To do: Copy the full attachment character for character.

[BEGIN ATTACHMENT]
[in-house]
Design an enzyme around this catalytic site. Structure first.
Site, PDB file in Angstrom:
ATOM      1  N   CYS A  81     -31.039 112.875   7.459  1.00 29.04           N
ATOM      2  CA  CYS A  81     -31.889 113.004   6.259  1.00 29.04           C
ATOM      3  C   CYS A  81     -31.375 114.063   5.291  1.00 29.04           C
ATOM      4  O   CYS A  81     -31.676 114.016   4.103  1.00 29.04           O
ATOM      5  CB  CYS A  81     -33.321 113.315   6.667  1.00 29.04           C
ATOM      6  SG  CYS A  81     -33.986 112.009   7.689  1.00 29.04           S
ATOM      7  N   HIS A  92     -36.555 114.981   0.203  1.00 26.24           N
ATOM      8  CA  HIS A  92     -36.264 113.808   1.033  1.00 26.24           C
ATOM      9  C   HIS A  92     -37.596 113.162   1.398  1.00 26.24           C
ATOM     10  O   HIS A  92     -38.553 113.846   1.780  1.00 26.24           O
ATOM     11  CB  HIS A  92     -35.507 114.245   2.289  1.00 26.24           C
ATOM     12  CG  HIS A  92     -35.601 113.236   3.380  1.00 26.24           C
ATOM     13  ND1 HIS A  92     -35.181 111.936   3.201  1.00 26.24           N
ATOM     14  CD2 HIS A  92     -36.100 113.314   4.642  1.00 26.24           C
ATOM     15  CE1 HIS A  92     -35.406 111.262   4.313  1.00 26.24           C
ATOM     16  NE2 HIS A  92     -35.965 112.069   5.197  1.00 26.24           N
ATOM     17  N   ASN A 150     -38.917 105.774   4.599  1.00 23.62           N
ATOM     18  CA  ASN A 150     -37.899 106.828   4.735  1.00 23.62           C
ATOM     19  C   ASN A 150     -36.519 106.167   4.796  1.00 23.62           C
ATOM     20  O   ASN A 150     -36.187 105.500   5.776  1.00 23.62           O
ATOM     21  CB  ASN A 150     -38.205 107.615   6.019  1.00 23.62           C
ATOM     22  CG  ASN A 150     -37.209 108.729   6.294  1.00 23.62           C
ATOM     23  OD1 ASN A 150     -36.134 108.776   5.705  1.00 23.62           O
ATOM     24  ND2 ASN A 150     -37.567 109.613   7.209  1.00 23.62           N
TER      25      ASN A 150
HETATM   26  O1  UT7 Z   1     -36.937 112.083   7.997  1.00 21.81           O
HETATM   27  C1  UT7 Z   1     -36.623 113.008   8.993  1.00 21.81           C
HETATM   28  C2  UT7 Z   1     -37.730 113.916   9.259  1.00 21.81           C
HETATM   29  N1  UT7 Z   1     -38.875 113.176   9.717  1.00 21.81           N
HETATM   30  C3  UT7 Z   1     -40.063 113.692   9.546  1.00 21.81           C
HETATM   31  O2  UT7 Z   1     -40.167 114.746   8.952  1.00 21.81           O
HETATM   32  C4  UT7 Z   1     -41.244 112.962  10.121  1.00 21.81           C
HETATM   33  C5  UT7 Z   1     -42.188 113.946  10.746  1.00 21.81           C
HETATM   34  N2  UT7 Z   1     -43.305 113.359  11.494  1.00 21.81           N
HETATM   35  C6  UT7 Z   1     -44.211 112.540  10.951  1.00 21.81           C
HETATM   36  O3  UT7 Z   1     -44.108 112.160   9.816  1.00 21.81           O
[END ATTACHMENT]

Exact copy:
[in-house]
Design an enzyme around this catalytic site. Structure first.
Site, PDB file in Angstrom:
ATOM      1  N   CYS A  81     -31.039 112.875   7.459  1.00 29.04           N
ATOM      2  CA  CYS A  81     -31.889 113.004   6.259  1.00 29.04           C
ATOM      3  C   CYS A  81     -31.375 114.063   5.291  1.00 29.04           C
ATOM      4  O   CYS A  81     -31.676 114.016   4.103  1.00 29.04           O
ATOM      5  CB  CYS A  81     -33.321 113.315   6.667  1.00 29.04           C
ATOM      6  SG  CYS A  81     -33.986 112.009   7.689  1.00 29.04           S
ATOM      7  N   HIS A  92     -36.555 114.981   0.203  1.00 26.24           N
ATOM      8  CA  HIS A  92     -36.264 113.808   1.033  1.00 26.24           C
ATOM      9  C   HIS A  92     -37.596 113.162   1.398  1.00 26.24           C
ATOM     10  O   HIS A  92     -38.553 113.846   1.780  1.00 26.24           O
ATOM     11  CB  HIS A  92     -35.507 114.245   2.289  1.00 26.24           C
ATOM     12  CG  HIS A  92     -35.601 113.236   3.380  1.00 26.24           C
ATOM     13  ND1 HIS A  92     -35.181 111.936   3.201  1.00 26.24           N
ATOM     14  CD2 HIS A  92     -36.100 113.314   4.642  1.00 26.24           C
ATOM     15  CE1 HIS A  92     -35.406 111.262   4.313  1.00 26.24           C
ATOM     16  NE2 HIS A  92     -35.965 112.069   5.197  1.00 26.24           N
ATOM     17  N   ASN A 150     -38.917 105.774   4.599  1.00 23.62           N
ATOM     18  CA  ASN A 150     -37.899 106.828   4.735  1.00 23.62           C
ATOM     19  C   ASN A 150     -36.519 106.167   4.796  1.00 23.62           C
ATOM     20  O   ASN A 150     -36.187 105.500   5.776  1.00 23.62           O
ATOM     21  CB  ASN A 150     -38.205 107.615   6.019  1.00 23.62           C
ATOM     22  CG  ASN A 150     -37.209 108.729   6.294  1.00 23.62           C
ATOM     23  OD1 ASN A 150     -36.134 108.776   5.705  1.00 23.62           O
ATOM     24  ND2 ASN A 150     -37.567 109.613   7.209  1.00 23.62           N
TER      25      ASN A 150
HETATM   26  O1  UT7 Z   1     -36.937 112.083   7.997  1.00 21.81           O
HETATM   27  C1  UT7 Z   1     -36.623 113.008   8.993  1.00 21.81           C
HETATM   28  C2  UT7 Z   1     -37.730 113.916   9.259  1.00 21.81           C
HETATM   29  N1  UT7 Z   1     -38.875 113.176   9.717  1.00 21.81           N
HETATM   30  C3  UT7 Z   1     -40.063 113.692   9.546  1.00 21.81           C
HETATM   31  O2  UT7 Z   1     -40.167 114.746   8.952  1.00 21.81           O
HETATM   32  C4  UT7 Z   1     -41.244 112.962  10.121  1.00 21.81           C
HETATM   33  C5  UT7 Z   1     -42.188 113.946  10.746  1.00 21.81           C
HETATM   34  N2  UT7 Z   1     -43.305 113.359  11.494  1.00 21.81           N
HETATM   35  C6  UT7 Z   1     -44.211 112.540  10.951  1.00 21.81           C
HETATM   36  O3  UT7 Z   1     -44.108 112.160   9.816  1.00 21.81           O